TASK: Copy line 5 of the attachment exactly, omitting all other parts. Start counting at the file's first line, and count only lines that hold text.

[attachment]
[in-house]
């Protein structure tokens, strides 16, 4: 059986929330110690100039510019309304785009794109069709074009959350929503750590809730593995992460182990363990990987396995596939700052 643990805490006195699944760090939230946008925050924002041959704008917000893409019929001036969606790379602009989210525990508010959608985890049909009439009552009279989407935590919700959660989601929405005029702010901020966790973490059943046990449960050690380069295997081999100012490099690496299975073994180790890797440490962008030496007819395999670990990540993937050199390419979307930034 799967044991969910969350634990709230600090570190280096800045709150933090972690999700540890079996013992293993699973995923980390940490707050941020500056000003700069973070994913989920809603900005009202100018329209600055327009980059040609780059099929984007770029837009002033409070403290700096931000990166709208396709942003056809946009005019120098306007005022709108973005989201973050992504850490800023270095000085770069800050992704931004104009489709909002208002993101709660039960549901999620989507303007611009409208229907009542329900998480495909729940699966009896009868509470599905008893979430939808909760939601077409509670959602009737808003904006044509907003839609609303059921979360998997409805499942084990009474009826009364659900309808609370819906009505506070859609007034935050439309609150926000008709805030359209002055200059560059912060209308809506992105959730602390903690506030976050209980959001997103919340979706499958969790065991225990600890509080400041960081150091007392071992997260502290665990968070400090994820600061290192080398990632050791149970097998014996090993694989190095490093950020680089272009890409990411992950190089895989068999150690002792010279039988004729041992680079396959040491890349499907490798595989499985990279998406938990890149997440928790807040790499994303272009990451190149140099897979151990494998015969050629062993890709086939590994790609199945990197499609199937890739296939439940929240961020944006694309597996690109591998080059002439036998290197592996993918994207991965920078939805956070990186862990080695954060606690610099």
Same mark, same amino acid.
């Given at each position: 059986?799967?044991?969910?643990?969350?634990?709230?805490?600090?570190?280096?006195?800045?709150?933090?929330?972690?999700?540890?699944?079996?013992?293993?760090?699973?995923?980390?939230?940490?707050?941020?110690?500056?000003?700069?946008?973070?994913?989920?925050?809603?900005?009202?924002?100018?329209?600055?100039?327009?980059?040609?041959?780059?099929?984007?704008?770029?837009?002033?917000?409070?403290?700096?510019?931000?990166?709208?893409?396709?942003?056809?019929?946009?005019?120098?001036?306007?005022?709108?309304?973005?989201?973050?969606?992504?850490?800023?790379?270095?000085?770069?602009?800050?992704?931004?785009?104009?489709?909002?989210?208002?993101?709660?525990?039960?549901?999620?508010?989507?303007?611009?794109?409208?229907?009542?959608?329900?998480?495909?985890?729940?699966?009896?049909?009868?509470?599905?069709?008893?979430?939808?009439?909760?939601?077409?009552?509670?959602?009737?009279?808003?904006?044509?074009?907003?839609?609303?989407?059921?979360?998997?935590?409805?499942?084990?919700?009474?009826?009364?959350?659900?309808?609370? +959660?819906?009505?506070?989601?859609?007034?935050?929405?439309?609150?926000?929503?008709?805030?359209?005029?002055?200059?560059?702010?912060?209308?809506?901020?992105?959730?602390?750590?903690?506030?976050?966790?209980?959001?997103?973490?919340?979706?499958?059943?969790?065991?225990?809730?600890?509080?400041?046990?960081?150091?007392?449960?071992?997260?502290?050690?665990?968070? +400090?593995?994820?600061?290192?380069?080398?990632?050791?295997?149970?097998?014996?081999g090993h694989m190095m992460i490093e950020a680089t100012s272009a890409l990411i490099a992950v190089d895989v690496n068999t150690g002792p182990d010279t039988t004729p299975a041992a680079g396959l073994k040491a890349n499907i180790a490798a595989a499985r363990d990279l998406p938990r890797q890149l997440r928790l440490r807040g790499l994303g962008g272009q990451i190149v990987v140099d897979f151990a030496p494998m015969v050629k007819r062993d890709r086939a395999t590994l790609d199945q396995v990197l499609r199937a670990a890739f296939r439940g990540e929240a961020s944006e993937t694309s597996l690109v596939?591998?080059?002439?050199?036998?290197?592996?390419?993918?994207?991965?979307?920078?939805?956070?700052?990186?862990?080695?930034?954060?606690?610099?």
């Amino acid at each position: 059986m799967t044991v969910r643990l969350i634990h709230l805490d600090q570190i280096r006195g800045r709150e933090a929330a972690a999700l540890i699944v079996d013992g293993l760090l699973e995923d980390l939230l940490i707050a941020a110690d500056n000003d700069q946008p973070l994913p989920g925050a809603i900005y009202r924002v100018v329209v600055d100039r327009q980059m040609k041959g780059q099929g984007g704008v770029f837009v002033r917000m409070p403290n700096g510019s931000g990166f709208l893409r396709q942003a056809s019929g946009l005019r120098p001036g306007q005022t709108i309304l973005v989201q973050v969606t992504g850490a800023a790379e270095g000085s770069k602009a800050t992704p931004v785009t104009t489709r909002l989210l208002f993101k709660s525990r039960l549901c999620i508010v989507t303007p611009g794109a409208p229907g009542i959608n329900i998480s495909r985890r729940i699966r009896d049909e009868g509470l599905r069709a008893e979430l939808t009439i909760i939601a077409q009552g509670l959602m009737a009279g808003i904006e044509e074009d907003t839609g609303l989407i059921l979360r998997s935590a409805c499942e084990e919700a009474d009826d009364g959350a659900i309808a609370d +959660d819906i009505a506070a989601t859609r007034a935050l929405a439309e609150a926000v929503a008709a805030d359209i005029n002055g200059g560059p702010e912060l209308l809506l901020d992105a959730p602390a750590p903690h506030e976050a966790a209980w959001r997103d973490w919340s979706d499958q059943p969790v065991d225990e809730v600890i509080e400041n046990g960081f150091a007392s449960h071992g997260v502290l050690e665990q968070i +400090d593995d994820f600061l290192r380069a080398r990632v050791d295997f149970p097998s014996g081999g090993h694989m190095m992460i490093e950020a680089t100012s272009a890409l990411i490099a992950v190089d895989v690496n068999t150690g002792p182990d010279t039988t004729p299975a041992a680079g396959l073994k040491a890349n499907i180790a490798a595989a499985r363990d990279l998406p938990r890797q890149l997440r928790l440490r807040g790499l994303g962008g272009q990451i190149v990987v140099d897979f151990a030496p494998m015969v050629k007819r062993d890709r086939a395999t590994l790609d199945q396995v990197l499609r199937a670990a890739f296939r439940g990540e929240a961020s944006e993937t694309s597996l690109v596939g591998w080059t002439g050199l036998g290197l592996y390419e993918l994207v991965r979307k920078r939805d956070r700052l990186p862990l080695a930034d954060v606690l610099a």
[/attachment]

């Amino acid at each position: 059986m799967t044991v969910r643990l969350i634990h709230l805490d600090q570190i280096r006195g800045r709150e933090a929330a972690a999700l540890i699944v079996d013992g293993l760090l699973e995923d980390l939230l940490i707050a941020a110690d500056n000003d700069q946008p973070l994913p989920g925050a809603i900005y009202r924002v100018v329209v600055d100039r327009q980059m040609k041959g780059q099929g984007g704008v770029f837009v002033r917000m409070p403290n700096g510019s931000g990166f709208l893409r396709q942003a056809s019929g946009l005019r120098p001036g306007q005022t709108i309304l973005v989201q973050v969606t992504g850490a800023a790379e270095g000085s770069k602009a800050t992704p931004v785009t104009t489709r909002l989210l208002f993101k709660s525990r039960l549901c999620i508010v989507t303007p611009g794109a409208p229907g009542i959608n329900i998480s495909r985890r729940i699966r009896d049909e009868g509470l599905r069709a008893e979430l939808t009439i909760i939601a077409q009552g509670l959602m009737a009279g808003i904006e044509e074009d907003t839609g609303l989407i059921l979360r998997s935590a409805c499942e084990e919700a009474d009826d009364g959350a659900i309808a609370d +959660d819906i009505a506070a989601t859609r007034a935050l929405a439309e609150a926000v929503a008709a805030d359209i005029n002055g200059g560059p702010e912060l209308l809506l901020d992105a959730p602390a750590p903690h506030e976050a966790a209980w959001r997103d973490w919340s979706d499958q059943p969790v065991d225990e809730v600890i509080e400041n046990g960081f150091a007392s449960h071992g997260v502290l050690e665990q968070i +400090d593995d994820f600061l290192r380069a080398r990632v050791d295997f149970p097998s014996g081999g090993h694989m190095m992460i490093e950020a680089t100012s272009a890409l990411i490099a992950v190089d895989v690496n068999t150690g002792p182990d010279t039988t004729p299975a041992a680079g396959l073994k040491a890349n499907i180790a490798a595989a499985r363990d990279l998406p938990r890797q890149l997440r928790l440490r807040g790499l994303g962008g272009q990451i190149v990987v140099d897979f151990a030496p494998m015969v050629k007819r062993d890709r086939a395999t590994l790609d199945q396995v990197l499609r199937a670990a890739f296939r439940g990540e929240a961020s944006e993937t694309s597996l690109v596939g591998w080059t002439g050199l036998g290197l592996y390419e993918l994207v991965r979307k920078r939805d956070r700052l990186p862990l080695a930034d954060v606690l610099a």